It’s not that I think a shooting like this isn’t “news.” But if they’d just report it without pictures or video, absolutely factually, without commentary unless maybe the commentary focused on the personal deficiencies of the shooter, cruel as that might sound for the shooter’s parents to hear after just having been cut off at the knees by the fact that they’d raised a killer, those reports would do much less to encourage the next guy.

    Comment by Jamie L. McArdle — February 18, 2018 @ 4:28 pm - February 18, 2018

  35. I have this beat for blaming the wrong people.

    Gay blames largest GLBT health clinic for not warning him about rimming 3rd world diseases.

    “I looked at him soberly. “Listen, you are one of the largest providers of healthcare to the LGBT community in New York City, maybe the largest, and I think you could be doing more to educate men who have sex with men about sexually transmitted gastrointestinal parasites and the risks of rimming!”…

    Almost as bad as blaming the Atlantis gay cruise ship for people partying next to a dead overdosed body

    Comment by Steve — February 18, 2018 @ 6:09 pm - February 18, 2018

  36. I had not heard of this 3rd world parasite. I guess it’s a good thing I don’t go to the Home Depot Dumpsters for $5 male escorts.

    So here I am, infected with giardia for the second time in my life after having eradicated entamoeba histolytica from my body just months earlier. My boyfriend has also been exposed to both.

    Comment by Steve — February 18, 2018 @ 6:25 pm - February 18, 2018

  37. I have listened to Rush Limbaugh on Fox News Sunday and Tom Gresham on Gun Talk radio, arm the teachers. There is a program called Faster that is doing just that in 18 states. Good Night and God Bless.

    Comment by Matthew the Oilman — February 18, 2018 @ 6:30 pm - February 18, 2018

  38. The Wreck of the Titan: Or, Futility

    is an 1898 novella written by Morgan Robertson.

    The story features the fictional ocean liner Titan, which sinks in the North Atlantic after striking an iceberg.

    The Titan and its sinking have been noted to be very similar to the real-life passenger ship RMS Titanic, which sank fourteen years later.,_or_the_Wreck_of_the_Titan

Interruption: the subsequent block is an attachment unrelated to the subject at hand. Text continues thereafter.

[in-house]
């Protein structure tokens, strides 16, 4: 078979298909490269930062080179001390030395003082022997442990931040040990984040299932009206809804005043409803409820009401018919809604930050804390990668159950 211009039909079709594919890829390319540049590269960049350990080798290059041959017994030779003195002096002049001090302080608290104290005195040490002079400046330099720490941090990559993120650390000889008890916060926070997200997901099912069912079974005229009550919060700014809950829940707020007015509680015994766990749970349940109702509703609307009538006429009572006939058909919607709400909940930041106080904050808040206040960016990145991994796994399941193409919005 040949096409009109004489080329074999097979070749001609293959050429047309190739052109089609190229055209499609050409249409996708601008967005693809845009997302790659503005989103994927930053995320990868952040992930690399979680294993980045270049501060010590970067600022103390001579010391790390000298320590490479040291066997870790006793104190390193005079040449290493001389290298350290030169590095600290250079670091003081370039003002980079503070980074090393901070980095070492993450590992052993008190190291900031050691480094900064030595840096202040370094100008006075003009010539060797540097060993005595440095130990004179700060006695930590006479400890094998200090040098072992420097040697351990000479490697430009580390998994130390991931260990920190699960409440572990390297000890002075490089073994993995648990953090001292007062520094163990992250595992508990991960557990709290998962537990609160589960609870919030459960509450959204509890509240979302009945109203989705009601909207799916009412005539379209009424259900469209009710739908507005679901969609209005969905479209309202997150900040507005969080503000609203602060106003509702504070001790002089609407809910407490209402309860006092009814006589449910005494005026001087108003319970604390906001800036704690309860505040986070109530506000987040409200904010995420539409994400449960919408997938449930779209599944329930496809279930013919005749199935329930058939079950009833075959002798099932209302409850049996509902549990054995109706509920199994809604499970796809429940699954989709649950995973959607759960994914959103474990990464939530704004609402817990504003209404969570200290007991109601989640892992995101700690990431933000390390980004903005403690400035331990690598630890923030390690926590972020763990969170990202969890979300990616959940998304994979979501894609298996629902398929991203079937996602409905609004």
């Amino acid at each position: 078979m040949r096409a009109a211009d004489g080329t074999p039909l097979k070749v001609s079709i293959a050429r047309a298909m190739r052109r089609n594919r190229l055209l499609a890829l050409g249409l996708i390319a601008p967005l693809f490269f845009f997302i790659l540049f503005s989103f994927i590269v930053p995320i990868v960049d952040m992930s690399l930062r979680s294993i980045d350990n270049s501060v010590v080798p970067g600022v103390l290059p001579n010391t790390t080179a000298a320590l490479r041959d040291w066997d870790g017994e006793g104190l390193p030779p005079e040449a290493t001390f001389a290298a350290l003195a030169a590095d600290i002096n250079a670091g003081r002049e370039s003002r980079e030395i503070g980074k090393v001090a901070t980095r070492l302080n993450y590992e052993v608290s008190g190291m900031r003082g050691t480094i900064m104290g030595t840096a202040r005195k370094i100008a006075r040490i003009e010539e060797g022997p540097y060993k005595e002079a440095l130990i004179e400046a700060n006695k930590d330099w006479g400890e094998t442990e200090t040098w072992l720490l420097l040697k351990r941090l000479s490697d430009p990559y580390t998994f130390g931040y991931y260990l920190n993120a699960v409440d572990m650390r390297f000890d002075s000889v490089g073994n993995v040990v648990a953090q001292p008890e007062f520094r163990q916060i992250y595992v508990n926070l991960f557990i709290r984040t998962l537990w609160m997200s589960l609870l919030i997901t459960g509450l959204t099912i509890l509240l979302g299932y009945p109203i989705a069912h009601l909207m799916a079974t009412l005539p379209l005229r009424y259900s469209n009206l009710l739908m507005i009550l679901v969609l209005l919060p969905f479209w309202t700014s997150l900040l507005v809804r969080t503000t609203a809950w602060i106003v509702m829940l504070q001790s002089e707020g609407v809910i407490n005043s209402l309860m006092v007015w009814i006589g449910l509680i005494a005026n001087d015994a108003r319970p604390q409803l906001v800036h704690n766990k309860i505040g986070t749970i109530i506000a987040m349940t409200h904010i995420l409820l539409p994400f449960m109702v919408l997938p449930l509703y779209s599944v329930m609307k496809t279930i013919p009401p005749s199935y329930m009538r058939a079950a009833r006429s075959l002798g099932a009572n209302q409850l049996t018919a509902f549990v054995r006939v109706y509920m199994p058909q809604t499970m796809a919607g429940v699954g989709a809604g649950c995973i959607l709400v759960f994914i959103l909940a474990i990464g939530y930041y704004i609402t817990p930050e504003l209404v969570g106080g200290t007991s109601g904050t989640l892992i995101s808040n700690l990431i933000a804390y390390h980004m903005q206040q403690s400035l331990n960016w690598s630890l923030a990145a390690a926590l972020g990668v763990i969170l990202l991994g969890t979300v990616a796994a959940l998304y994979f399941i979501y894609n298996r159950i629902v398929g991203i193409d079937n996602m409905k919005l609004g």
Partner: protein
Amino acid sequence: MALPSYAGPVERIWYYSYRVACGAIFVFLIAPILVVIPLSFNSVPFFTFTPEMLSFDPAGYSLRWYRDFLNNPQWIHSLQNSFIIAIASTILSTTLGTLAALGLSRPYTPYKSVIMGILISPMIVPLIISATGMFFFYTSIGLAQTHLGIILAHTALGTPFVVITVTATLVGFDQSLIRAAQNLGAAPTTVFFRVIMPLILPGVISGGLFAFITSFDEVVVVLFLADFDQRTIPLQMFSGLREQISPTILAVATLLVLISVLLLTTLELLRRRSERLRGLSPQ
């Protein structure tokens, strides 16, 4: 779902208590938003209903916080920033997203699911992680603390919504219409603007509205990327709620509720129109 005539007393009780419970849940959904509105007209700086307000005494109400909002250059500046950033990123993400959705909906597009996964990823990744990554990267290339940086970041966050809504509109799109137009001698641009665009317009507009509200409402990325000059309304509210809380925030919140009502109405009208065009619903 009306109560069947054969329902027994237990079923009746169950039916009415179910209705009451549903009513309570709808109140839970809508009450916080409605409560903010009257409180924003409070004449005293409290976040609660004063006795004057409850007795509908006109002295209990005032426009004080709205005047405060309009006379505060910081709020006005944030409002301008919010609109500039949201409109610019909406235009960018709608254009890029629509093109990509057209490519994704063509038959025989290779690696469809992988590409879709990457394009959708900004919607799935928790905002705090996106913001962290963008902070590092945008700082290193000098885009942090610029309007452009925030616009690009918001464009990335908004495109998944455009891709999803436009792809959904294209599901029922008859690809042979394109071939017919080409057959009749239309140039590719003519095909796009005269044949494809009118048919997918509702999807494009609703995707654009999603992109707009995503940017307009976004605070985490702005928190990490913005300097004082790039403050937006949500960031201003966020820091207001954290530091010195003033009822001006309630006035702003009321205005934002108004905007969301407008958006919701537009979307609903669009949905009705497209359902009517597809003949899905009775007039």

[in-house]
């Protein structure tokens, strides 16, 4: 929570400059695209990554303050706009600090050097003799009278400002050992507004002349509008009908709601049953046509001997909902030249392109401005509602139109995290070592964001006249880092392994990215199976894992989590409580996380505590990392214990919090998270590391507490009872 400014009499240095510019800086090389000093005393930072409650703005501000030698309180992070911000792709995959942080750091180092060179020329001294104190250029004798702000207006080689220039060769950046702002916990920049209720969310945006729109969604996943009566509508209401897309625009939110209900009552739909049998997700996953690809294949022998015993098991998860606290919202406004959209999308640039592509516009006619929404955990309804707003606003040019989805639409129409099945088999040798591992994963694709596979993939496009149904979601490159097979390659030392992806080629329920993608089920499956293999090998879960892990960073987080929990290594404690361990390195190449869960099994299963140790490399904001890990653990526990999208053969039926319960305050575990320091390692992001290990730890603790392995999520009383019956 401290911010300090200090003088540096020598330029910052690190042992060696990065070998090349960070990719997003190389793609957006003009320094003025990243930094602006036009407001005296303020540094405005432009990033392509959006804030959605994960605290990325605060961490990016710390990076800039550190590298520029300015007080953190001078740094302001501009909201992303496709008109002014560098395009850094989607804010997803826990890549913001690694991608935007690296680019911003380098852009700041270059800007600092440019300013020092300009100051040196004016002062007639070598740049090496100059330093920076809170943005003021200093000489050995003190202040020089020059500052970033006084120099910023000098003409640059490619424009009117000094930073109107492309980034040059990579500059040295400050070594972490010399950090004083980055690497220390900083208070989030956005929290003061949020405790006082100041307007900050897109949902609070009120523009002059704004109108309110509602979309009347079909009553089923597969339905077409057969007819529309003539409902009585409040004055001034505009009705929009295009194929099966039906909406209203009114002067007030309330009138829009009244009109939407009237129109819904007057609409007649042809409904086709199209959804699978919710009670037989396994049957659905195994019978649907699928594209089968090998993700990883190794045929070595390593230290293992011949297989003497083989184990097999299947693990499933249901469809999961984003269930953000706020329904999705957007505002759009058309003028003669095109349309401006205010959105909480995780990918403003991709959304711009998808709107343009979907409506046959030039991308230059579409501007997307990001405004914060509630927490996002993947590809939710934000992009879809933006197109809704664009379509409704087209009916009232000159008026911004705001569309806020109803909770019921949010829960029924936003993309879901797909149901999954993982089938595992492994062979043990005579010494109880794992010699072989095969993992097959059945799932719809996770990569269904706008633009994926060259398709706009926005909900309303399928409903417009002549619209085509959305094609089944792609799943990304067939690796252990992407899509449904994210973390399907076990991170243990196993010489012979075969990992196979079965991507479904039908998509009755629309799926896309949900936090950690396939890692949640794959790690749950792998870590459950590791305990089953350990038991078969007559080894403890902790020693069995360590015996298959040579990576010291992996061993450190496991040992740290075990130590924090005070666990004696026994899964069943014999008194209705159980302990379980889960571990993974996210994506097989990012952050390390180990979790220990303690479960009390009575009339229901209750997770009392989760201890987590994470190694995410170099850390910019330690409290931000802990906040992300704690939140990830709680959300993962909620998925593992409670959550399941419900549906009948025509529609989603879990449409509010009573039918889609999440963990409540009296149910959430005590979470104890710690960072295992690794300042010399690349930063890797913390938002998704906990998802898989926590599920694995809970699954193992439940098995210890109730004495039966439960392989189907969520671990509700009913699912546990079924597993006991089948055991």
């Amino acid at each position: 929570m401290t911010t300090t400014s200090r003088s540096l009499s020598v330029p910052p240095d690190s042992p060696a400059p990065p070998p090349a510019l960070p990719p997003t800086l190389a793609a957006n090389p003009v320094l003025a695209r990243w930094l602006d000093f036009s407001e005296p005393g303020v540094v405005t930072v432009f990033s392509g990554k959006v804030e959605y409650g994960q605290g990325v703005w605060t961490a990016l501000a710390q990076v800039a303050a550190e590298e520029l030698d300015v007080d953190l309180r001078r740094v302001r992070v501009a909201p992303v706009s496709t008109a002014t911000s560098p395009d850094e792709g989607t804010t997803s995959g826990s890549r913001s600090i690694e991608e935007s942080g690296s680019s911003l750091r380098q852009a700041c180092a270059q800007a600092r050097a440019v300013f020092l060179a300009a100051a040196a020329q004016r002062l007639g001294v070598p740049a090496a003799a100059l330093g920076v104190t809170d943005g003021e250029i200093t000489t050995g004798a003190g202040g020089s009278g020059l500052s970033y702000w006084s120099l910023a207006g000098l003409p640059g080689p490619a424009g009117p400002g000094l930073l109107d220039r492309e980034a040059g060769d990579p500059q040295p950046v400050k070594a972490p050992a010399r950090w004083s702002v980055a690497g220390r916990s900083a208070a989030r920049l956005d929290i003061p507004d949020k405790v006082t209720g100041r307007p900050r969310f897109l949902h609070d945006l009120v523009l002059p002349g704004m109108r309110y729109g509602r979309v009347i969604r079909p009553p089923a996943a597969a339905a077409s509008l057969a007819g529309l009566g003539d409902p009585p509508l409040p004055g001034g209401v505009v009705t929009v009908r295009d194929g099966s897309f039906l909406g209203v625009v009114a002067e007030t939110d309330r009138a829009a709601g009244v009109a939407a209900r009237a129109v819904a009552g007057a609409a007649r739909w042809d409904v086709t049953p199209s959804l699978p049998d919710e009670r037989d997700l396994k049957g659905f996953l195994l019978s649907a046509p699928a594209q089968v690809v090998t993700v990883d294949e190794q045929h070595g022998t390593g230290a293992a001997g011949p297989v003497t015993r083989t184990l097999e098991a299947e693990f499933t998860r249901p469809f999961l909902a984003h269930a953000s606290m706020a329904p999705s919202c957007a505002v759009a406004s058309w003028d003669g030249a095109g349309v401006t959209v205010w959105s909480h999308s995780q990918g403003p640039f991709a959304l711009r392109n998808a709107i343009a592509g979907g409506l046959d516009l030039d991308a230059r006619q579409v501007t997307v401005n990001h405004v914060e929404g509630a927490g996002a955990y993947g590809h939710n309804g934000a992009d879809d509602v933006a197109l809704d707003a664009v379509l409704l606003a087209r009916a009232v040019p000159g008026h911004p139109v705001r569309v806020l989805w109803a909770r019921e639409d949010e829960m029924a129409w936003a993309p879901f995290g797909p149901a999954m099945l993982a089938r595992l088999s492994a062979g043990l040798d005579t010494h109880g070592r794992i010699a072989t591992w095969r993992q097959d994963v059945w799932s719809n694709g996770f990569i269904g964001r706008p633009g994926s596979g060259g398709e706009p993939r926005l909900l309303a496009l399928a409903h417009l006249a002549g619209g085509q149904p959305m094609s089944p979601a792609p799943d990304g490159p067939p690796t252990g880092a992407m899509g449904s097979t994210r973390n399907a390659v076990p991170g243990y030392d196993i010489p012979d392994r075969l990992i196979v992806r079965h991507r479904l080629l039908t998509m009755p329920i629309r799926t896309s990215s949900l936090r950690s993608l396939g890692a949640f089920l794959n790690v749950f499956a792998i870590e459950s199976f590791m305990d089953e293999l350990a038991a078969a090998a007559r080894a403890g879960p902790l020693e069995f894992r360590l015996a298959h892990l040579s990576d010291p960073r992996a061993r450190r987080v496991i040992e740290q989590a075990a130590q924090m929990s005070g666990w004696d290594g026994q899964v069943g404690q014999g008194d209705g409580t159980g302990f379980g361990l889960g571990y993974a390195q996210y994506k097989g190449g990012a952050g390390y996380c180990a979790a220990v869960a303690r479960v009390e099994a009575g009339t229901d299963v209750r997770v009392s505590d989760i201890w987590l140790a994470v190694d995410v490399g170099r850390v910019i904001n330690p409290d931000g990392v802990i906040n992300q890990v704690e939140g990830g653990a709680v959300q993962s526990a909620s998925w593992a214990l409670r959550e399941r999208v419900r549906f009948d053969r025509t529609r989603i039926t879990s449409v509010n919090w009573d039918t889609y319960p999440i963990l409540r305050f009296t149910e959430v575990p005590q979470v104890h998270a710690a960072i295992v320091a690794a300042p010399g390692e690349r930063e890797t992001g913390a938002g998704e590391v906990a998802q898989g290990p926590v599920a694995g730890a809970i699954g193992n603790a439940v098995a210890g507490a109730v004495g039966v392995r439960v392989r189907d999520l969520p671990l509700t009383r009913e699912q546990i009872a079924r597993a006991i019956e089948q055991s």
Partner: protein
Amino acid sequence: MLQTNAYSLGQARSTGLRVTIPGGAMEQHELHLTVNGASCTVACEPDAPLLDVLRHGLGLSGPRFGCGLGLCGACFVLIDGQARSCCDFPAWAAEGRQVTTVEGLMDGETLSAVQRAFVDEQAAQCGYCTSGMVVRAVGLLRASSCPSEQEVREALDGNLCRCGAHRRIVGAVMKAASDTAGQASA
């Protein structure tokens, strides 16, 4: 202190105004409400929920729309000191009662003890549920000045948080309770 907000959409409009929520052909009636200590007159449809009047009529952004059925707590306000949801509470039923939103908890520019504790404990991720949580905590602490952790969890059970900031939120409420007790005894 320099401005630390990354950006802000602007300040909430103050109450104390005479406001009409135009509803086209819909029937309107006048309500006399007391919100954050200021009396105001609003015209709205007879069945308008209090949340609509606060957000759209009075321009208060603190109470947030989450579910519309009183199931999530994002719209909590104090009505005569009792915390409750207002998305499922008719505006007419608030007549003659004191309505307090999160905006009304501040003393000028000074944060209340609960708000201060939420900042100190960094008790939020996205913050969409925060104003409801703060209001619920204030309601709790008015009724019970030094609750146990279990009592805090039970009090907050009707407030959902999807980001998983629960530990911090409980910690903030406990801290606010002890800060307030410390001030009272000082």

Federal Bureau of Investigation

    The Federal Bureau of Investigation (FBI) is the domestic intelligence and security service of the United States, and its principal federal law enforcement agency.

    Motto: Fidelity, Bravery, Integrity (sic)

    Comment by Cyril J. — February 18, 2018 @ 9:06 pm - February 18, 2018

  39. @36

    Bonsoir et Dieu vous blesse.

    Comment by Cyril J. — February 18, 2018 @ 9:09 pm - February 18, 2018

  40. It will cost a lot of money. But if there is a will–there is a way. And one way would be to place taxes on handgun sales to help pay for the fixing of this problem.This is only fair and reasonable–guns are used to kill these folks and we want out kids to be safe–so let us tax the implement that is used to kill them. Cigarettes are taxed. So is petroleum. That is your solution for funds right there.

    PS. Cyril J–as much as I have sympathy for your suggestion at #6, the fact is that there are usually a number of schools in a given school district. At two security guards per school per bureaucrat, you are going to have no centralized authority for the school district. Maybe that is a feature rather than a bug for your idea, but I doubt it ends well …

    Comment by Cas — February 19, 2018 @ 10:43 am - February 19, 2018

  41. Not to be contrary or anything, in this instance, as in most recent instances of mass shooting, it was already illegal for the shooter to have the gun, which means the laws were in place…also, law enforcement dropped the ball…and the mental health system could not come through with its tied hands. So, I am not so sure that throwing more laws and more money is the answer…don’t know what the answer is, but fixing what is broken would be a start.